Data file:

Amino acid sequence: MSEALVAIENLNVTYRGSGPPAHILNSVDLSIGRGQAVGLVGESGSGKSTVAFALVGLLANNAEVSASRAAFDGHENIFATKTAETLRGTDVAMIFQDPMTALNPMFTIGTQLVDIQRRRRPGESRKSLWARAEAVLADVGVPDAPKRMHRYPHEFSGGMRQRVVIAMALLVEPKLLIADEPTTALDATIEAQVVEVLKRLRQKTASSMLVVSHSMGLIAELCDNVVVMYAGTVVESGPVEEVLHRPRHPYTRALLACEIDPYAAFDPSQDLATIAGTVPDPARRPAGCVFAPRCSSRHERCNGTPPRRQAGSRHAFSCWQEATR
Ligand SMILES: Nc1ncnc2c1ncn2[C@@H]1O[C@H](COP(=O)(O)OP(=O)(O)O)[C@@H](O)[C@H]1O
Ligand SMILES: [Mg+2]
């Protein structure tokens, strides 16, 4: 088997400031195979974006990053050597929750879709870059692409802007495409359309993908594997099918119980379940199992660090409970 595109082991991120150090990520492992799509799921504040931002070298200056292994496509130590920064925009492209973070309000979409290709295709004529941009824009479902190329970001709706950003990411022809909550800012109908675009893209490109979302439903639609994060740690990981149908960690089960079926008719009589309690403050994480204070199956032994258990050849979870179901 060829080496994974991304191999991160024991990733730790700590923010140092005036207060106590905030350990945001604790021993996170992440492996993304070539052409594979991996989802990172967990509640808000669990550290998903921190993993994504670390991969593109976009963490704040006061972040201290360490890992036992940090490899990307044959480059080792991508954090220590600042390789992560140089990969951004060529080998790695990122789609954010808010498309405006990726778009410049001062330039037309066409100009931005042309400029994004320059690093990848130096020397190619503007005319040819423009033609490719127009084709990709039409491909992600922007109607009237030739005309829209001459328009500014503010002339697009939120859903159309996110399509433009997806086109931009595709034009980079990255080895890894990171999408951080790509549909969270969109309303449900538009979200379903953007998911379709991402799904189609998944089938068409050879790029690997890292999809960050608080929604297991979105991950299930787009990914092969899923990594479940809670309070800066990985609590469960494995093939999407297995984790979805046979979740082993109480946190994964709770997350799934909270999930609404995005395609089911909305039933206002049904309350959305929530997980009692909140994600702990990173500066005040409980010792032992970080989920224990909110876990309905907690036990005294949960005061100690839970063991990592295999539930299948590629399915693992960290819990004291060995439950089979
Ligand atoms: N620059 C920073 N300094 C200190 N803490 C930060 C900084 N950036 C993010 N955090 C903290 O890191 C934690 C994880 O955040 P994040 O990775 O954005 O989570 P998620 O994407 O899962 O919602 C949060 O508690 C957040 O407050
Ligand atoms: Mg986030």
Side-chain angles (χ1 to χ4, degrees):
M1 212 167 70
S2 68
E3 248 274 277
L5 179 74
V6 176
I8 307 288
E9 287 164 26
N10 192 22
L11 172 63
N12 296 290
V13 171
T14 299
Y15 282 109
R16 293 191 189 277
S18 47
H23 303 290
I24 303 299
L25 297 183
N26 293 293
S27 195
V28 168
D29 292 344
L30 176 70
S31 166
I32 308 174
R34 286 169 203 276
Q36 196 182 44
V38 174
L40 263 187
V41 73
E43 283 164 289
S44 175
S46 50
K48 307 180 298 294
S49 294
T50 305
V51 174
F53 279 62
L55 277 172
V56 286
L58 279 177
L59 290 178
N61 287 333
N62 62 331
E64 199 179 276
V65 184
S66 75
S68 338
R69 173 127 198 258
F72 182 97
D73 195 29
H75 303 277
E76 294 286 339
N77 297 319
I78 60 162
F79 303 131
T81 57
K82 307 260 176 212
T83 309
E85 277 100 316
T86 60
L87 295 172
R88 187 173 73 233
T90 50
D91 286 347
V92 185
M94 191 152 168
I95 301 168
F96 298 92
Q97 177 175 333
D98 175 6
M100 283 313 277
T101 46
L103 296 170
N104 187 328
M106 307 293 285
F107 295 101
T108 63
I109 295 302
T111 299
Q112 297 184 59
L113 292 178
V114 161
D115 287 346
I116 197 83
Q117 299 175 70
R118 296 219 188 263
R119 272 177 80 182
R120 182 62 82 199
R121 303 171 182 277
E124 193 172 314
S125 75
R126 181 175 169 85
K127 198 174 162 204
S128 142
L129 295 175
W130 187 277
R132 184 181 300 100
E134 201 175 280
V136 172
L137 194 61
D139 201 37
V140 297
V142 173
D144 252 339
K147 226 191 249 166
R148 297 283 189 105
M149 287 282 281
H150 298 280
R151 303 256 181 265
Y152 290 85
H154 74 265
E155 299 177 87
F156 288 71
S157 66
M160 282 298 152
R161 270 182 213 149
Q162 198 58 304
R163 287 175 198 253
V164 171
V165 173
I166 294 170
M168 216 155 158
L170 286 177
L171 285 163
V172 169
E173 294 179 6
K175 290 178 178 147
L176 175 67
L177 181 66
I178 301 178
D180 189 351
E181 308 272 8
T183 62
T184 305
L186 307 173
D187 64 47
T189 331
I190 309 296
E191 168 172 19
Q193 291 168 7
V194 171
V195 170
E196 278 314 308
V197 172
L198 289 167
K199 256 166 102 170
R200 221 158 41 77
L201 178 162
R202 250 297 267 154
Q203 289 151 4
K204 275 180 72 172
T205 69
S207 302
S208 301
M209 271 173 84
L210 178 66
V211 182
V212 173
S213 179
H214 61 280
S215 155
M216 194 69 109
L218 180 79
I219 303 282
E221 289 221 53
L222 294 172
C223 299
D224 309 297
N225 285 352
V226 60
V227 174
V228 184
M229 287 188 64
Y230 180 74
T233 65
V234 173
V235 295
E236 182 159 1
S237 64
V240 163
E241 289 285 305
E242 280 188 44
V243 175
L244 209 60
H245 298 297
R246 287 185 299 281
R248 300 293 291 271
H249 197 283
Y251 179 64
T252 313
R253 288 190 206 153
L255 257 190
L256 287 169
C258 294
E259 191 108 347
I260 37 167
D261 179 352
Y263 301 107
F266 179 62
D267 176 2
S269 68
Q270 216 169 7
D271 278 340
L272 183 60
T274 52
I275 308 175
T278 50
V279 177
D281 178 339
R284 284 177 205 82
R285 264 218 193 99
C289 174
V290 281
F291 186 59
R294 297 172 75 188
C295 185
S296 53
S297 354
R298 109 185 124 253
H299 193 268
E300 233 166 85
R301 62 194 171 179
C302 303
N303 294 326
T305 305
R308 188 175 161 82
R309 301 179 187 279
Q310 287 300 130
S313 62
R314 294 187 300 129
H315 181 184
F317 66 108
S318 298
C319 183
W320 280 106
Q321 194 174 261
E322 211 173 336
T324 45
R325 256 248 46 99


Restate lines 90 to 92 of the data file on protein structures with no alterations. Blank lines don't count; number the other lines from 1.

V114 161
D115 287 346
I116 197 83